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So I have something called

exports.create = function(projectJSON){

 var project = new ProjectModel({
   id : projectJSON.id,
   projectName : projectJSON.projectName ,
   authorName : projectJSON.authorName,
   firstPostDate : projectJSON.firstPostDate


Is the above naming convention for a multi-word element firstPostDate correct, or they be spaced with _ in all small caps?

I see that other blogs prefer it to be in small caps..


Also I read that elements should be singular instead of plural ie:

`comment` instead of `comments` for a blog schema design
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3 Answers 3

up vote 9 down vote accepted

I use Google's JSON Style Guide myself and they suggest using camelCase i.e. firstPostDate. Below is the section excerpt

Property Name Format

Property names must conform to the following guidelines:

  • Property names should be meaningful names with defined semantics.
  • Property names must be camel-cased, ascii strings.
  • The first character must be a letter, an underscore (_) or a dollar sign ($).
  • Subsequent characters can be a letter, a digit, an underscore, or a dollar sign.
  • Reserved JavaScript keywords should be avoided (A list of reserved JavaScript keywords can be found below).

These guidelines mirror the guidelines for naming JavaScript identifiers. This allows JavaScript clients to access properties using dot notation. (for example, result.thisIsAnInstanceVariable). Here's an example of an object with one property:

  "thisPropertyIsAnIdentifier": "identifier value"
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so if its just 1 huge schema with lots of other embedded documents, the first character should be _id instead of just id right? and the id in the embedded documents do not need to have an underscore? –  bouncingHippo Nov 6 '12 at 19:57
@bouncingHippo Unable to understand what you are saying. All high level documents in Mongo has _id automatically created. I doesn't think you can rename it. –  Pangea Nov 6 '12 at 20:03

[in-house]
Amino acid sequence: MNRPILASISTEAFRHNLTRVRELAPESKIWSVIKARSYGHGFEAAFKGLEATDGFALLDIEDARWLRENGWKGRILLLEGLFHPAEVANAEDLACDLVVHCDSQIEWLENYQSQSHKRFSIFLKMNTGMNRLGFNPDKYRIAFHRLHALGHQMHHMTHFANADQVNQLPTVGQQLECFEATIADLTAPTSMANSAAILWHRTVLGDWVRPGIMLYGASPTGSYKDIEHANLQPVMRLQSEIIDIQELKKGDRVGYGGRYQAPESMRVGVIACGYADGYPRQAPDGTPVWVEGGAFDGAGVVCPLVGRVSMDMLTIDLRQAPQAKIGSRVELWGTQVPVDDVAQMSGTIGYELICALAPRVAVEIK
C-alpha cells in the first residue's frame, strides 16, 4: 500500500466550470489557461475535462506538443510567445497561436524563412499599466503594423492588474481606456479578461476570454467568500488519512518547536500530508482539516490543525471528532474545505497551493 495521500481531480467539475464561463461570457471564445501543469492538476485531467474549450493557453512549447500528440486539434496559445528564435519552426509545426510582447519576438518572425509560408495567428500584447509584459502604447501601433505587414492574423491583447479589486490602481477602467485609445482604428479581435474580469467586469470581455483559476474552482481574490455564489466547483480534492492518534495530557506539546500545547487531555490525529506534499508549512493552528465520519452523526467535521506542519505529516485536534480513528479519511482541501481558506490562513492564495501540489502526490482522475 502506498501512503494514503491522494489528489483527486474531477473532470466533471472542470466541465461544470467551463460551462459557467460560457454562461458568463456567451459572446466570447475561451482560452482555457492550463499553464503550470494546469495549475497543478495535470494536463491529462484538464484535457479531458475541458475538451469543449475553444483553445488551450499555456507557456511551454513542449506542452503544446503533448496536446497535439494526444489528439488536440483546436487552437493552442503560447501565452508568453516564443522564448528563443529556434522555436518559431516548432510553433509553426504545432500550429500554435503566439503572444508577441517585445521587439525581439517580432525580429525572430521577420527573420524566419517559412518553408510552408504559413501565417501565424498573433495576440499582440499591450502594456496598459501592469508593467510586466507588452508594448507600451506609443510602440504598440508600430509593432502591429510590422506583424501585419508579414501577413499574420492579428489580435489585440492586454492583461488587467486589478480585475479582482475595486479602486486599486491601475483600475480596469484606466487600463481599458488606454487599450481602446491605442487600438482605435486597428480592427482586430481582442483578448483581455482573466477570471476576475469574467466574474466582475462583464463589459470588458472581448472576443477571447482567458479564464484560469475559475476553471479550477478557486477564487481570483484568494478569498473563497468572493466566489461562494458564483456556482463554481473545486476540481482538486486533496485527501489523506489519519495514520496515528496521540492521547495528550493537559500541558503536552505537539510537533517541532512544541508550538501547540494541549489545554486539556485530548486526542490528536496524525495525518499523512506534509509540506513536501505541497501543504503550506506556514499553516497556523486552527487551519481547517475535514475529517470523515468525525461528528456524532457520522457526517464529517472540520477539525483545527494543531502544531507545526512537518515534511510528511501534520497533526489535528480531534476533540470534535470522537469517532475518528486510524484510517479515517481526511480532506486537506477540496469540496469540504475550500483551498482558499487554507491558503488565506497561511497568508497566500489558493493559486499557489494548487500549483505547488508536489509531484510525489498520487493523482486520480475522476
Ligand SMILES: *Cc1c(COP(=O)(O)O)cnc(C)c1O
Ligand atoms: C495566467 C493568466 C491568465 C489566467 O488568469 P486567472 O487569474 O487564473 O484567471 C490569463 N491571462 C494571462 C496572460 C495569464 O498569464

lets say "thisPropertyIsAnIdentifier" is a string, in the schema design, shouldnt it be "thisPropertyIsAnIdentifier" : "String" ? –  bouncingHippo Nov 6 '12 at 20:05
I am unable to see the difference...what do you mean by schema? Mongo has collections... –  Pangea Nov 6 '12 at 20:09

Another opinion :)

MongoDB store field names in every document. So if you care about the storage size, you may need to short the field name.

ex: projectName to pn

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Especially for short values such as booleans this is important. Will save you quite some RAM if you have a lot of such fields –  xeraa Nov 7 '12 at 15:56
is there a direct relationship between length of field name and RAM used? 2 char equals to 0.34MB RAM for instance –  bouncingHippo Nov 12 '12 at 14:13
I would slap a programmer who used pn instead of projectName. Imagine coming onto a project as a new team member and trying to figure out what all these abbreviations meant. Make the code self-explanatory! –  CaptSaltyJack Mar 22 at 8:51
eh..., you can write a document to describe such name mapping. Or if you are developing a product using ORM, you can use better naming on those variable fields. I don't think it's a problem... –  Chien-Wei Huang Mar 23 at 6:36
You could use the short names for the schema and override schema's toObject –  alex94puchades Jun 17 at 10:10

Shortening field names is not necessary.

Check docs:

Shortening field names reduces expressiveness and does not provide considerable benefit for larger documents and where document overhead is not of significant concern. Shorter field names do not reduce the size of indexes, because indexes have a predefined structure. In general it is not necessary to use short field names.

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